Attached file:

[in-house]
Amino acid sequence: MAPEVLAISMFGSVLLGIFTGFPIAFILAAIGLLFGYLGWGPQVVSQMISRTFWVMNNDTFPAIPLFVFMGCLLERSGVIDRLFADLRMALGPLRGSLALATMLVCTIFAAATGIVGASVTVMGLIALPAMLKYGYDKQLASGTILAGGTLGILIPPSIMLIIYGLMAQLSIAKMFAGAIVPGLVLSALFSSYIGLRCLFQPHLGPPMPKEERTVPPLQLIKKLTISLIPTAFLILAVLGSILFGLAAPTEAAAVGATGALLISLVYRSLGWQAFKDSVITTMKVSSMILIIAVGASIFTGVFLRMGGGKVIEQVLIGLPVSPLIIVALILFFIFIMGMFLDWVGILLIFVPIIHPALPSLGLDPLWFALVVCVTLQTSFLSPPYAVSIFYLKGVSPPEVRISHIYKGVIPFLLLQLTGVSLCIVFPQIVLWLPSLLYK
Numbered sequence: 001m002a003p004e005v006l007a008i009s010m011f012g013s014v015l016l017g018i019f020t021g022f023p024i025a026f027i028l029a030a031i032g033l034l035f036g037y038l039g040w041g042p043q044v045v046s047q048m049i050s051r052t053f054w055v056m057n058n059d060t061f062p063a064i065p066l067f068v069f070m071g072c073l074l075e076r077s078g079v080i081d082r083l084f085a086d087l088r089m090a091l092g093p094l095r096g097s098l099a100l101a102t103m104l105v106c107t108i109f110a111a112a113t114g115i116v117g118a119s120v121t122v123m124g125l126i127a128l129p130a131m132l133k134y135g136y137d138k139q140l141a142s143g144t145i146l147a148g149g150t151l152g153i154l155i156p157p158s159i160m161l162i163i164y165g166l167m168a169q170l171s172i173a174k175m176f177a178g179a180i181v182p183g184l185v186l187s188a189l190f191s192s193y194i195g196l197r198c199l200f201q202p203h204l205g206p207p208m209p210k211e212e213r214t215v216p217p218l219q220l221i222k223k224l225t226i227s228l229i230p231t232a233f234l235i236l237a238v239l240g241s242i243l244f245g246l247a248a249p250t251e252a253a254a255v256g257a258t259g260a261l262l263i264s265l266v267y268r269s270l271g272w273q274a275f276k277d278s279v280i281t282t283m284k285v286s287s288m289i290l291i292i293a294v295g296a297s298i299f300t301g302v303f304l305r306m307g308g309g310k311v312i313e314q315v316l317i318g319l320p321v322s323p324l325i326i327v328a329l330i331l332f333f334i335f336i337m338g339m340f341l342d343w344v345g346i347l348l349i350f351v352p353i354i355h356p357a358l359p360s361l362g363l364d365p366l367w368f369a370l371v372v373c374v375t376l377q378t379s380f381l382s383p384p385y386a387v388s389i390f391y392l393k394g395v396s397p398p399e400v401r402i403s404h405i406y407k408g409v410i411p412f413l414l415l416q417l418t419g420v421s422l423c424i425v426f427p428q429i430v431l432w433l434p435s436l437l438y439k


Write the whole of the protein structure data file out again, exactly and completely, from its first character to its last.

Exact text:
[in-house]
Amino acid sequence: MAPEVLAISMFGSVLLGIFTGFPIAFILAAIGLLFGYLGWGPQVVSQMISRTFWVMNNDTFPAIPLFVFMGCLLERSGVIDRLFADLRMALGPLRGSLALATMLVCTIFAAATGIVGASVTVMGLIALPAMLKYGYDKQLASGTILAGGTLGILIPPSIMLIIYGLMAQLSIAKMFAGAIVPGLVLSALFSSYIGLRCLFQPHLGPPMPKEERTVPPLQLIKKLTISLIPTAFLILAVLGSILFGLAAPTEAAAVGATGALLISLVYRSLGWQAFKDSVITTMKVSSMILIIAVGASIFTGVFLRMGGGKVIEQVLIGLPVSPLIIVALILFFIFIMGMFLDWVGILLIFVPIIHPALPSLGLDPLWFALVVCVTLQTSFLSPPYAVSIFYLKGVSPPEVRISHIYKGVIPFLLLQLTGVSLCIVFPQIVLWLPSLLYK
Numbered sequence: 001m002a003p004e005v006l007a008i009s010m011f012g013s014v015l016l017g018i019f020t021g022f023p024i025a026f027i028l029a030a031i032g033l034l035f036g037y038l039g040w041g042p043q044v045v046s047q048m049i050s051r052t053f054w055v056m057n058n059d060t061f062p063a064i065p066l067f068v069f070m071g072c073l074l075e076r077s078g079v080i081d082r083l084f085a086d087l088r089m090a091l092g093p094l095r096g097s098l099a100l101a102t103m104l105v106c107t108i109f110a111a112a113t114g115i116v117g118a119s120v121t122v123m124g125l126i127a128l129p130a131m132l133k134y135g136y137d138k139q140l141a142s143g144t145i146l147a148g149g150t151l152g153i154l155i156p157p158s159i160m161l162i163i164y165g166l167m168a169q170l171s172i173a174k175m176f177a178g179a180i181v182p183g184l185v186l187s188a189l190f191s192s193y194i195g196l197r198c199l200f201q202p203h204l205g206p207p208m209p210k211e212e213r214t215v216p217p218l219q220l221i222k223k224l225t226i227s228l229i230p231t232a233f234l235i236l237a238v239l240g241s242i243l244f245g246l247a248a249p250t251e252a253a254a255v256g257a258t259g260a261l262l263i264s265l266v267y268r269s270l271g272w273q274a275f276k277d278s279v280i281t282t283m284k285v286s287s288m289i290l291i292i293a294v295g296a297s298i299f300t301g302v303f304l305r306m307g308g309g310k311v312i313e314q315v316l317i318g319l320p321v322s323p324l325i326i327v328a329l330i331l332f333f334i335f336i337m338g339m340f341l342d343w344v345g346i347l348l349i350f351v352p353i354i355h356p357a358l359p360s361l362g363l364d365p366l367w368f369a370l371v372v373c374v375t376l377q378t379s380f381l382s383p384p385y386a387v388s389i390f391y392l393k394g395v396s397p398p399e400v401r402i403s404h405i406y407k408g409v410i411p412f413l414l415l416q417l418t419g420v421s422l423c424i425v426f427p428q429i430v431l432w433l434p435s436l437l438y439k